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Three Tips for Providers Following the Bundled Payment Delay

DATE: April 14, 2017

What can you do while CMS decides how to handle the mandatory program?

As the healthcare community continues its march away from fee-for-service models, bundled payment initiatives have risen in popularity—thanks in no small part to their ability to fuel cost savings and significantly improve care outcomes.

The Centers for Medicare and Medicaid Services (CMS) issued an interim final rule in March that delays implementation of the new bundled payment model for heart attack and cardiac bypass surgery services; expands the existing Comprehensive Care for Joint Replacement bundling model; and implements a new cardiac rehabilitation incentive payment model, from July 1 to October 1, 2017.

Prior to the interim rule, CMS’ push forward on bundled payments focused the industry on episodic efficiency. The delay has pushed these initiatives back three months and is causing confusion and worry among participants.

Benefits of the delay

Despite Health and Human Services Secretary Tom Price’s negative statements about mandatory bundling initiatives, the delay has some benefits. Stakeholders across the industry will have more time to assess the efficacy of the program and provide comments to CMS. In addition, Secretary Price and others hope to align the payment periods with the calendar year. Providers can use this opportunity to better prepare for the program’s official start.

Will value-based care survive this overhaul?

Patrick Conway, Chief Medical Officer at CMS, has indicated that early findings around bundles are “encouraging,” but more data are needed to fully assess their impact on costs and quality. This validates CMS’ plans to test pilot bundles.

Industry experts think there is little reason to worry that bundled payment programs and other quality payment programs, such as those under the Medicare Access and CHIP Reauthorization Act of 2015 (MACRA), are in danger of being decimated. The fact that MACRA was passed through a bipartisan vote indicates that Republicans and Democrats understand that there is a need to lower spending and shift away from fee-for-service toward value-based care. However, experts believe there might be a shift from mandatory bundles to voluntary bundles as it facilitates increased provider participation.

What should participants do now?

  1. Provider organizations that had previously expressed concern about the accelerated pace of the program can leverage this extra time to strengthen engagement with their patient populations.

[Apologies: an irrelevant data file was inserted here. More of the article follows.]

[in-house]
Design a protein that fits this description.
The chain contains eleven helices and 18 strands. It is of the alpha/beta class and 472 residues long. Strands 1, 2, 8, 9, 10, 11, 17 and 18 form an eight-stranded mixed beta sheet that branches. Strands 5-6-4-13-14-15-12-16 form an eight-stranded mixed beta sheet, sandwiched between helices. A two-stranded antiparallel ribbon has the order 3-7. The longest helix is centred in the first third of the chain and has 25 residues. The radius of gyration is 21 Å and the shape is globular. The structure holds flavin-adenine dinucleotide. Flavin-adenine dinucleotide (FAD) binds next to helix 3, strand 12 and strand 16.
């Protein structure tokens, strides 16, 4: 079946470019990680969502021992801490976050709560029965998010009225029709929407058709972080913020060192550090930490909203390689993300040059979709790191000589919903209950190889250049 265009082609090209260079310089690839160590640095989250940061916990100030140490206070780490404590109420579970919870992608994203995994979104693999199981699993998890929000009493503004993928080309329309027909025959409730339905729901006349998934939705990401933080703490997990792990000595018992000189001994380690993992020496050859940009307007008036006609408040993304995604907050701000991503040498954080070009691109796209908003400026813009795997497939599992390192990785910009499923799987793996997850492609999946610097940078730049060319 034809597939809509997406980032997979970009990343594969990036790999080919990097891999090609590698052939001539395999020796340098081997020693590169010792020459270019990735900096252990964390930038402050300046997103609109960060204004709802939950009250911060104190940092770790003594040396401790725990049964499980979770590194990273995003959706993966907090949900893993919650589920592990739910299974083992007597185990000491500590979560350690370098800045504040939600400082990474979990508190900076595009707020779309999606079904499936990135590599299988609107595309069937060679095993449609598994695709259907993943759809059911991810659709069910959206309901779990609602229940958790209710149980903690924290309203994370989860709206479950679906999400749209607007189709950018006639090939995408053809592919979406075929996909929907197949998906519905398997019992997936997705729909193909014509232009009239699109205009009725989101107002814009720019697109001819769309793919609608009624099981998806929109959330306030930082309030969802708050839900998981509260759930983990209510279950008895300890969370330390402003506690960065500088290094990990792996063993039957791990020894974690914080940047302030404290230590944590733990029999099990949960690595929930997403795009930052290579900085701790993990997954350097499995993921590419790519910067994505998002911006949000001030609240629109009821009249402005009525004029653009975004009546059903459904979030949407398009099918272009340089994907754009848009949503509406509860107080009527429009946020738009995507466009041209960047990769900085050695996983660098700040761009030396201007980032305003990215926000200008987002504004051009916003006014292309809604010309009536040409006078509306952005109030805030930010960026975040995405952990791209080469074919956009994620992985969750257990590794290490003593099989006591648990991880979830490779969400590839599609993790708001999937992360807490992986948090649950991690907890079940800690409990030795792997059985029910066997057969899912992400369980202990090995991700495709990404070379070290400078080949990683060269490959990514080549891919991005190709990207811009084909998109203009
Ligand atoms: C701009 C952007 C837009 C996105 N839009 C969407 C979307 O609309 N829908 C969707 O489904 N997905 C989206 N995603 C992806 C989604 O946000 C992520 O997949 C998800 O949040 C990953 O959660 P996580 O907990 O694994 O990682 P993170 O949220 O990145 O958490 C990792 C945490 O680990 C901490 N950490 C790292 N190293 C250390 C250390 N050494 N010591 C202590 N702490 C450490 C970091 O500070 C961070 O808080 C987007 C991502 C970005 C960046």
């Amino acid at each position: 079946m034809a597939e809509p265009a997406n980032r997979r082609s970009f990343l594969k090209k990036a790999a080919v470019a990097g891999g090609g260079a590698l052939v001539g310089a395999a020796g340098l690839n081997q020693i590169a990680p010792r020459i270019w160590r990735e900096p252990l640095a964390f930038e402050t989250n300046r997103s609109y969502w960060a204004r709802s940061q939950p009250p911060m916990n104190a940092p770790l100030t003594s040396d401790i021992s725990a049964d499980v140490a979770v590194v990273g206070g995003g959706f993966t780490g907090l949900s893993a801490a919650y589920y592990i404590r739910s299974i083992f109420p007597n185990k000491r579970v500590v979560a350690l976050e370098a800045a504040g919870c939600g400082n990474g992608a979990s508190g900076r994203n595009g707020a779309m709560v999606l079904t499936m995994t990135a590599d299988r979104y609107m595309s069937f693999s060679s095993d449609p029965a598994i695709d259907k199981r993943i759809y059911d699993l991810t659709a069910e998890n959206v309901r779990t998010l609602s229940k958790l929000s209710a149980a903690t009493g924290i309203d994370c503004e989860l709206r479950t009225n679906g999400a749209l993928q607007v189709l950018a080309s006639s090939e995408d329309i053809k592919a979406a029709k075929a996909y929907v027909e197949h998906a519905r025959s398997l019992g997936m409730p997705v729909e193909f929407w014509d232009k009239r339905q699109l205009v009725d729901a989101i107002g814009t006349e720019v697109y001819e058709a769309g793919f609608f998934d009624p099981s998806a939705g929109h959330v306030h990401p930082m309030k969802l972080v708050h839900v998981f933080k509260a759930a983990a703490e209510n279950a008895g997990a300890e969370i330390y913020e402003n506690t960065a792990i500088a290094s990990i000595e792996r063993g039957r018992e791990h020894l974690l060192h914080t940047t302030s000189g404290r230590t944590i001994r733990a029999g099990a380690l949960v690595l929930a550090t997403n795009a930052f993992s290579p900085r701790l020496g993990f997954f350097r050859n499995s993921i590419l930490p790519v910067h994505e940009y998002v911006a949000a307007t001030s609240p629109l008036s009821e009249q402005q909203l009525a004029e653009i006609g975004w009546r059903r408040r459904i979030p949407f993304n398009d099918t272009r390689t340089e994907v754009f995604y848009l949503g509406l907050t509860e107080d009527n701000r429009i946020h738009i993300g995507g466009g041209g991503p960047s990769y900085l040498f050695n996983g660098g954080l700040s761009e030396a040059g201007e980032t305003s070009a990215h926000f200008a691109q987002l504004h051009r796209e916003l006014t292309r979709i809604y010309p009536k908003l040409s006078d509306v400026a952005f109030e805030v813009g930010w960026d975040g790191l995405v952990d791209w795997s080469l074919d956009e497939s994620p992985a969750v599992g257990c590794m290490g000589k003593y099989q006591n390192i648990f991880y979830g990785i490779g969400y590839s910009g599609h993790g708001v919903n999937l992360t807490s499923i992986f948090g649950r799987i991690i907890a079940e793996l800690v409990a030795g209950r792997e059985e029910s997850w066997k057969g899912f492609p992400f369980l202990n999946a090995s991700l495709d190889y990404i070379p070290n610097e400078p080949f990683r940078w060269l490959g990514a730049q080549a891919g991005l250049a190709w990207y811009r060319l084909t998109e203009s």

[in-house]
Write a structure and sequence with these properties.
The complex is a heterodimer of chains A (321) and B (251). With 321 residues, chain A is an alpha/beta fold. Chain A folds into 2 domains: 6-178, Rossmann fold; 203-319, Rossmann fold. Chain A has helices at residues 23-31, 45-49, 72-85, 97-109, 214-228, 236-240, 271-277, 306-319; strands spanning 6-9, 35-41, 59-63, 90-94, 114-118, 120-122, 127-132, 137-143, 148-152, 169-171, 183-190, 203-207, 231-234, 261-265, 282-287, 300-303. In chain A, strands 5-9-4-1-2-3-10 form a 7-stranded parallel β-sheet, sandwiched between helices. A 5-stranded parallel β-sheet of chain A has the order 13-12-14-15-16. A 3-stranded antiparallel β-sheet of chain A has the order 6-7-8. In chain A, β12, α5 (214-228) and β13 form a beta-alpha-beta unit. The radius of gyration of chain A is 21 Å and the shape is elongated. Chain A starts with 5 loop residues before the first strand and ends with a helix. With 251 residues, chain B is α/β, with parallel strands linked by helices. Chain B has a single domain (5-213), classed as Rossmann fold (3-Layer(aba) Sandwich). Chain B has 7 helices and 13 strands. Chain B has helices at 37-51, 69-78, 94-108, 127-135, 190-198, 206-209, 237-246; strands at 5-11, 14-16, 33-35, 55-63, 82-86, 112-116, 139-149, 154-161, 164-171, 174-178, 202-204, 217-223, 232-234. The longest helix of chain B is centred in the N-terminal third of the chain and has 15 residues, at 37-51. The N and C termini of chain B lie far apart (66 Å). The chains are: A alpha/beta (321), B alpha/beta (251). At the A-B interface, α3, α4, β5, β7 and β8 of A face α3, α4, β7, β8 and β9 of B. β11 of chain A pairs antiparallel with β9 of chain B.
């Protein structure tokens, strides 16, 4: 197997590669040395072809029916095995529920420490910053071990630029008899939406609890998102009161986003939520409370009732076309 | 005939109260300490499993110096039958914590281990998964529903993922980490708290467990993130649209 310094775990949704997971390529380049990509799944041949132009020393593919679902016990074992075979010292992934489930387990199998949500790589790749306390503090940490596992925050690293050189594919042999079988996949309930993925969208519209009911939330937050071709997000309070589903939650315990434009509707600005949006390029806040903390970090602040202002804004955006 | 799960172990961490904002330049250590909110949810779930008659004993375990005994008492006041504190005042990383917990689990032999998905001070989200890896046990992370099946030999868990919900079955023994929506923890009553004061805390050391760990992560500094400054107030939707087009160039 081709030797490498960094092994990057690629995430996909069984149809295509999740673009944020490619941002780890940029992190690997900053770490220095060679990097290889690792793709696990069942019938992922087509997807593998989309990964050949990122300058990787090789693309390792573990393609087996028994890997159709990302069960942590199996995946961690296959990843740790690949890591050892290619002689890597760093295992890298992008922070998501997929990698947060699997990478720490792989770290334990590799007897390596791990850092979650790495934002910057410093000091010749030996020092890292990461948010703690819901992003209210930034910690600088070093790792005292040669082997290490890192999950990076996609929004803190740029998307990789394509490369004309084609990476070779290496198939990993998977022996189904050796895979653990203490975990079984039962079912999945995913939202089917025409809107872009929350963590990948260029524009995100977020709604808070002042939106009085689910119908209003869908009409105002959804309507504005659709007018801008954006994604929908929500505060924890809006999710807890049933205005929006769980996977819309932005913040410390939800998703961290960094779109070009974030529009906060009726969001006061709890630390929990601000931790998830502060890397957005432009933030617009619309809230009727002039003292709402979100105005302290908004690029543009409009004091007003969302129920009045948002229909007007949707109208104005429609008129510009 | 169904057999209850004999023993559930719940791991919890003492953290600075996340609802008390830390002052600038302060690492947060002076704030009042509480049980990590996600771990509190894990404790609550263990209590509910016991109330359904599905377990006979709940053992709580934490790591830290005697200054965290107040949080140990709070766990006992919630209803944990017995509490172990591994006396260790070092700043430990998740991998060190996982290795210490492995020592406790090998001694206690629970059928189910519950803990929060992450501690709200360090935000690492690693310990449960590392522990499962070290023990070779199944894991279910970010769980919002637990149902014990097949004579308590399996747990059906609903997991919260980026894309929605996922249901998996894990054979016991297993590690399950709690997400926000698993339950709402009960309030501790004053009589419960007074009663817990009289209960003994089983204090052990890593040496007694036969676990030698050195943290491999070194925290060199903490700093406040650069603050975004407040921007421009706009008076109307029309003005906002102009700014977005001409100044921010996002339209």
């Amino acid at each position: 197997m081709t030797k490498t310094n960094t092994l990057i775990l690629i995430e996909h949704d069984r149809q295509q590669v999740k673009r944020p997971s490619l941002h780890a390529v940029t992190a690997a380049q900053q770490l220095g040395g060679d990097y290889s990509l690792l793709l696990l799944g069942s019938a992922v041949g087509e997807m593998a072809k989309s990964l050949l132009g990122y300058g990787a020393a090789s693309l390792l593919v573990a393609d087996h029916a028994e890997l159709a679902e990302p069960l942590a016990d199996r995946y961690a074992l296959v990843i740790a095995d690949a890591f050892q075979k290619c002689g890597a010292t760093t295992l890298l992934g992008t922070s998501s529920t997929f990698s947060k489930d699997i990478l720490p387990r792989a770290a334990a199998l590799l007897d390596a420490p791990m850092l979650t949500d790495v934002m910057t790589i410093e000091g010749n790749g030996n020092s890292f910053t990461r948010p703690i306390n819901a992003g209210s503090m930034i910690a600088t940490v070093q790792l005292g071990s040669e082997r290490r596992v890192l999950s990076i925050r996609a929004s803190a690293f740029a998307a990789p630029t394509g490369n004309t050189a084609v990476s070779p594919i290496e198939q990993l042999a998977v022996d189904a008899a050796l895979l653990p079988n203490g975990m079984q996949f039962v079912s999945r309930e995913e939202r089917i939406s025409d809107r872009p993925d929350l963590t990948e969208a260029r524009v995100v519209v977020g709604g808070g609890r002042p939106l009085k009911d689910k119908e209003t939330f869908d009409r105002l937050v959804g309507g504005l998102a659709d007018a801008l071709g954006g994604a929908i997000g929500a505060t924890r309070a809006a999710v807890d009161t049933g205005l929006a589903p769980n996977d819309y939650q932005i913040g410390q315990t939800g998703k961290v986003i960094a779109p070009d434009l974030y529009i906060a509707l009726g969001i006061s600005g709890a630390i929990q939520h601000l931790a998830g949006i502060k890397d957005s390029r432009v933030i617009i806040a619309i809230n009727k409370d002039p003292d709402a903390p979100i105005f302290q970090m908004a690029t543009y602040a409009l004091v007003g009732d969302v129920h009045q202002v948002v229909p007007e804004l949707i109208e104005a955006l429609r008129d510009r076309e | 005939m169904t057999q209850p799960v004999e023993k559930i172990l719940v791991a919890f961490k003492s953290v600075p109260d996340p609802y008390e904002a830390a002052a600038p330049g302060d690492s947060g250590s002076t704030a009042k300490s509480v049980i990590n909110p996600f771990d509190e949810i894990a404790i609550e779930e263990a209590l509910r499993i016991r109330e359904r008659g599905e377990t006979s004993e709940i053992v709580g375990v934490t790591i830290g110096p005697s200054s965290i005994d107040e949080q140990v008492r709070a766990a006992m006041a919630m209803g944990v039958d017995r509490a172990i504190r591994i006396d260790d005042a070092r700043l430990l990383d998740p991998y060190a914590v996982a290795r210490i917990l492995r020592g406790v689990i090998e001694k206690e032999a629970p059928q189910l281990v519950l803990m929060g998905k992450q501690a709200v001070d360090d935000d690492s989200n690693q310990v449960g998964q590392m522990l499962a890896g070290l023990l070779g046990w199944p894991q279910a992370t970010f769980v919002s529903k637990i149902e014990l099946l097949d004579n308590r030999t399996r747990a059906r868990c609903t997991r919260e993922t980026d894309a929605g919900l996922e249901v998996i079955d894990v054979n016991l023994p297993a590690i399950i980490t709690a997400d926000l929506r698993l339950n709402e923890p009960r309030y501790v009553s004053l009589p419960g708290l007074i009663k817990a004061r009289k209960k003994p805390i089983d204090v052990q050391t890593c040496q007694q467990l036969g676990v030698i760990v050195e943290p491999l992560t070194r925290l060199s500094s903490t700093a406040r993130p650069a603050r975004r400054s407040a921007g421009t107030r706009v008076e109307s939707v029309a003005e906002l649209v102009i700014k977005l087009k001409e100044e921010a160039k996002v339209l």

2. Hospitals that will be participating in these programs can begin implementing test strategies to understand what would drive bundled payment profitability. Some factors to consider:
    1. Program costs: These would include staff, marketing outreach to physicians, and information technology improvements.
    2. Price discount: Providers may have a false sense of confidence if their historic spend is commensurate with the region rather than above that region. However, with a discount factor of 3% taken to calculate targets, those providers are already behind.
    3. Gainsharing: While gainsharing is not allowed outside of the waivers in CMS’ bundling programs, providers can begin defining and discussing the parameters of a successful arrangement. Savings can be split by creating gainsharing incentives among the different stakeholders across the continuum. This will allow physicians to collaborate on the modalities they use to treat their patients.
  3. Though it may be a long process, providers should begin educating senior leadership and setting appropriate expectations. While the concepts sound simple, in-depth exposure and discussion is needed to truly understand the implications of these new rules.

At the same time, the CMS Innovation Center can use this extra time to test and evaluate these innovations in care delivery and payment and determine whether modifications are needed. CMS can also continue to examine the effectiveness of both mandatory and voluntary bundles to observe which route promotes increased participation and better incentives.

The delay raises several questions about what value-based care will look like under the Trump Administration. Even though it gives more time to stakeholders to review and test these programs comprehensively (and hopefully increase the chances of success under this model), it also could impede innovation, which would further drive up healthcare costs. We hope the latter is not the case.

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